- Ph.D., English, University of Virginia, 1993
- M.A., English, University of Virginia, 1987
- B.A., English, College of William and Mary, 1985
Mike Branch, whose doctorate is from the University of Virginia (1993), is Professor of Literature and Environment and University Foundation Professor of English at the University of Nevada, Reno (UNR), where he teaches American literature, creative nonfiction, environmental studies, humor studies, and film studies. He was co-founder of the UNR Graduate Program in Literature and Environment and co-founder and past president of the Association for the Study of Literature and Environment (ASLE). He served for sixteen years as the Book Review editor of the peer-reviewed, Oxford University Press journal ISLE: Interdisciplinary Studies in Literature and Environment, during which time he edited more than 850 reviews. He is co-founder and series co-editor of the University of Virginia Press book series Under the Sign of Nature: Explorations in Ecocriticism, with 36 titles to date. He has published nine books and more than 200 articles, essays, and reviews, and has given more than 300 invited readings, lectures, and conference papers.
His creative nonfiction includes pieces that have received Honorable Mention for the Pushcart Prize (twice) and been recognized as Notable Essays in The Best American Essays (three times), The Best American Science and Nature Writing, and The Best American Nonrequired Reading (a humor anthology). His creative work has appeared in numerous book-length collections, and in many magazines and journals, including Utne Reader, Orion, Slate, Outside, Ecotone, Pacific Standard, National Parks, High Country News, Reader's Digest, Places Journal, Whole Terrain, Red Rock Review, About Place, and Hawk and Handsaw. He is co-editor of The Height of Our Mountains: Nature Writing from Virginia's Blue Ridge Mountains and Shenandoah Valley (Johns Hopkins University Press, 1998), Reading the Earth: New Directions in the Study of Literature and Environment (University of Idaho Press, 1998), and The ISLE Reader: Ecocriticism, 1993-2003 (University of Georgia Press, 2003). He is also the editor of Reading the Roots: American Nature Writing before Walden (University of Georgia Press, 2004) and the Pulitzer Prize-nominated John Muir's Last Journey: South to the Amazon and East to Africa (Island Press, 2001), which has been released as an audiobook. Mike's most recent scholarly book is ‘The Best Read Naturalist': Nature Writings of Ralph Waldo Emerson (co-editor with Clinton Mohs). This career-spanning collection of Emerson's natural history writing was published by the University of Virginia Press in February, 2017.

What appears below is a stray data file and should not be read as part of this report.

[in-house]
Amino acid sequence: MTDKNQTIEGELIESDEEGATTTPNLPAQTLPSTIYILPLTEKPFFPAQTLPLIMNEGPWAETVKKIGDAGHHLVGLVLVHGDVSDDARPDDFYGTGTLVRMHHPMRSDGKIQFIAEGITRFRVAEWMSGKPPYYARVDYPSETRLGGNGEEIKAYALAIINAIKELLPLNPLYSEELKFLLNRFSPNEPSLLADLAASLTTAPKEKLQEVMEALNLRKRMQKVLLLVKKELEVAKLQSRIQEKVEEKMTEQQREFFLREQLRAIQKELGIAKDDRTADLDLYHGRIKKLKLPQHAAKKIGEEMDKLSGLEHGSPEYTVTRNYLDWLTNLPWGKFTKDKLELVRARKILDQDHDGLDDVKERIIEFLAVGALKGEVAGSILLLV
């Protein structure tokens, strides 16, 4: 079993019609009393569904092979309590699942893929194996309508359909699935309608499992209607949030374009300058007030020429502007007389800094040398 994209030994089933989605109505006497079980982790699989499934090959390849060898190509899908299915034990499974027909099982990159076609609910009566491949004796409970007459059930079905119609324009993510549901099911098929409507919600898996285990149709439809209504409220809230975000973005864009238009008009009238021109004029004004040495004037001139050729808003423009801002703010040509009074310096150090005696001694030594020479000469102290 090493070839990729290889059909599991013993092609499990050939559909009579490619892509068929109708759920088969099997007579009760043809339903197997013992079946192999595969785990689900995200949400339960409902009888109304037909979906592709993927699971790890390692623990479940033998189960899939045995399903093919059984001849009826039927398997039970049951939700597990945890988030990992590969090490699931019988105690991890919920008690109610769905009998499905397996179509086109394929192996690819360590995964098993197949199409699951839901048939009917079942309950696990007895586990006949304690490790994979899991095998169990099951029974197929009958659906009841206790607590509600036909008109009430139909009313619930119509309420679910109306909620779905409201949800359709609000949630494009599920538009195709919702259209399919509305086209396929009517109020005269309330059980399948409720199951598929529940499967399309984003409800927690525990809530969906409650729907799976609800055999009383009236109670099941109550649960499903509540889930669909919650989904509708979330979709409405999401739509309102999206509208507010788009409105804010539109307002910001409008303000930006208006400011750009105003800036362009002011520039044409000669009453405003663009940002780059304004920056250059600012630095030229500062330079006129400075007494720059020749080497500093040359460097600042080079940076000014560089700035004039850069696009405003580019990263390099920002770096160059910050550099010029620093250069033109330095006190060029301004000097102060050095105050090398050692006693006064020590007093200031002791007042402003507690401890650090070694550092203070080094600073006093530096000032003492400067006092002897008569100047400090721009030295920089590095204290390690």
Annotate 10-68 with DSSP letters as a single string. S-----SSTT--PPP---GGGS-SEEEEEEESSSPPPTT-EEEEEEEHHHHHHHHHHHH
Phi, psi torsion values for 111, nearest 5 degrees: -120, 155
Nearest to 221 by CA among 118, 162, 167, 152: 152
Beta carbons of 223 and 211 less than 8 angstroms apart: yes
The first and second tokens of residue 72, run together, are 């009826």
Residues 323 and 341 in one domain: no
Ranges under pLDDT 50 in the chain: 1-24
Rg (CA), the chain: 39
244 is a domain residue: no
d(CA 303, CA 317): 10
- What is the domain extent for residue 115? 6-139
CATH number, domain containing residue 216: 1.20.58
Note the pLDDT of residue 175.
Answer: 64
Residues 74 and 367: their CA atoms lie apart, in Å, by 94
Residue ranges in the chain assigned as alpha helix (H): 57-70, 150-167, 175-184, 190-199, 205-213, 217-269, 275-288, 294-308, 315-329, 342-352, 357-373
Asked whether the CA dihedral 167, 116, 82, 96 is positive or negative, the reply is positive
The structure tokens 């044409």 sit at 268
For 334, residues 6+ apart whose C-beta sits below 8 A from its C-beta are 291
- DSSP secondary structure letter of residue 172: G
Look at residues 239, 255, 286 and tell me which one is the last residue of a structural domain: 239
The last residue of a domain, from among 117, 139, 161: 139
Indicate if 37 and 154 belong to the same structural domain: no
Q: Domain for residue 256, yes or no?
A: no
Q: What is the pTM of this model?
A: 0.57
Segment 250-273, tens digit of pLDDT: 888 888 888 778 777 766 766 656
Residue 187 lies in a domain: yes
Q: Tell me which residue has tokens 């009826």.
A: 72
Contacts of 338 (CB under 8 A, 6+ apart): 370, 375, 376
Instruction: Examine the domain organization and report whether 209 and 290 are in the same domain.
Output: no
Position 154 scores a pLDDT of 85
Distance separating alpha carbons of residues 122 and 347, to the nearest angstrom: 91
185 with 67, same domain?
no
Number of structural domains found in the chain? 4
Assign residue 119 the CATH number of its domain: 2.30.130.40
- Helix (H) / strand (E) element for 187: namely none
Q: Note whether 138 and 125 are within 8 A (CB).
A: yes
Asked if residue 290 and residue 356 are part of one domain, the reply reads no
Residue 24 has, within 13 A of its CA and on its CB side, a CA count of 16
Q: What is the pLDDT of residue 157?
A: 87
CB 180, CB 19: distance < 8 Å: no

Mike's three recent books of place-based creative nonfiction comprise a trilogy concerned with high desert landscapes, humor, and family life. Raising Wild: Dispatches from a Home in the Wilderness, was published in August, 2016. June of 2017 saw the release of Rants from the Hill: On Packrats, Bobcats, Wildfires, Curmudgeons, a Drunken Mary Kay Lady, and Other Encounters with the Wild in the High Desert. The third, published in August, 2018, is How to Cuss in Western: And Other Missives from the High Desert. All three books are published by Shambhala/Roost Books and distributed by Penguin Random House.
Mike has received the Western Literature Association awards both for creative writing and for humor writing, and he was named Writer in Residence at the Long-Term Ecological Reflections Project at the Penn State Environmental Center. His book Raising Wild was a finalist for the Sigurd Olson Nature Writing Award, the Association for the Study of Literature and Environment Creative Book Award, and the Mountain West Center Evans-Handcart Award. Rants from the Hill was a finalist for the Association for the Study of Literature and Environment Creative Book Award, and it was named a notable book for the Sigurd Olson Nature Writing Award. ‘The Best Read Naturalist': Nature Writings of Ralph Waldo Emerson was listed by the Chicago Review of Books as being among the Best Nature Writing of 2017, and was also nominated for the MLA James Russell Lowell Prize. In 2017 Mike received the Silver Pen Award from the Nevada Writers Hall of Fame, and he was the recipient of the Ellen Meloy Desert Writers Award, an international writing prize which he received in support of his current book project, which is called Hunting for Jackalope.
At UNR, Mike has received the College of Liberal Arts Dean's Research Award, as well as teaching and advising awards including the Tibbitts Distinguished Teacher Award, the Alan Bible Teaching Excellence Award, the Golden Key National Honor Society Distinguished Teacher Award, the Vada Trimble Outstanding Mentor Award (twice), and the Senior Scholar Mentor Award (three times). Named University Foundation Professor in 2018, he has also served appointments as the Fitzgerald Distinguished Professor of the Humanities at UNR, and the Thomson Distinguished Professor of Environmental Studies at Davidson College in North Carolina.
Mike lives with his wife Eryn and daughters Hannah Virginia and Caroline Emerson in the high desert of northern Nevada, in the ecotone where the Great Basin Desert and Sierra Nevada Mountains meet. There he writes, plays blues harmonica, drinks IPA and sour mash, curses at baseball on the radio, and walks more than 1,000 miles each year in the surrounding ridges, hills, canyons, arroyos, and playas. He is also a devoted environmental activist whose service initiatives include the Tahoe Forest Stewardship Program, which he co-founded in 1998 and which is still ongoing.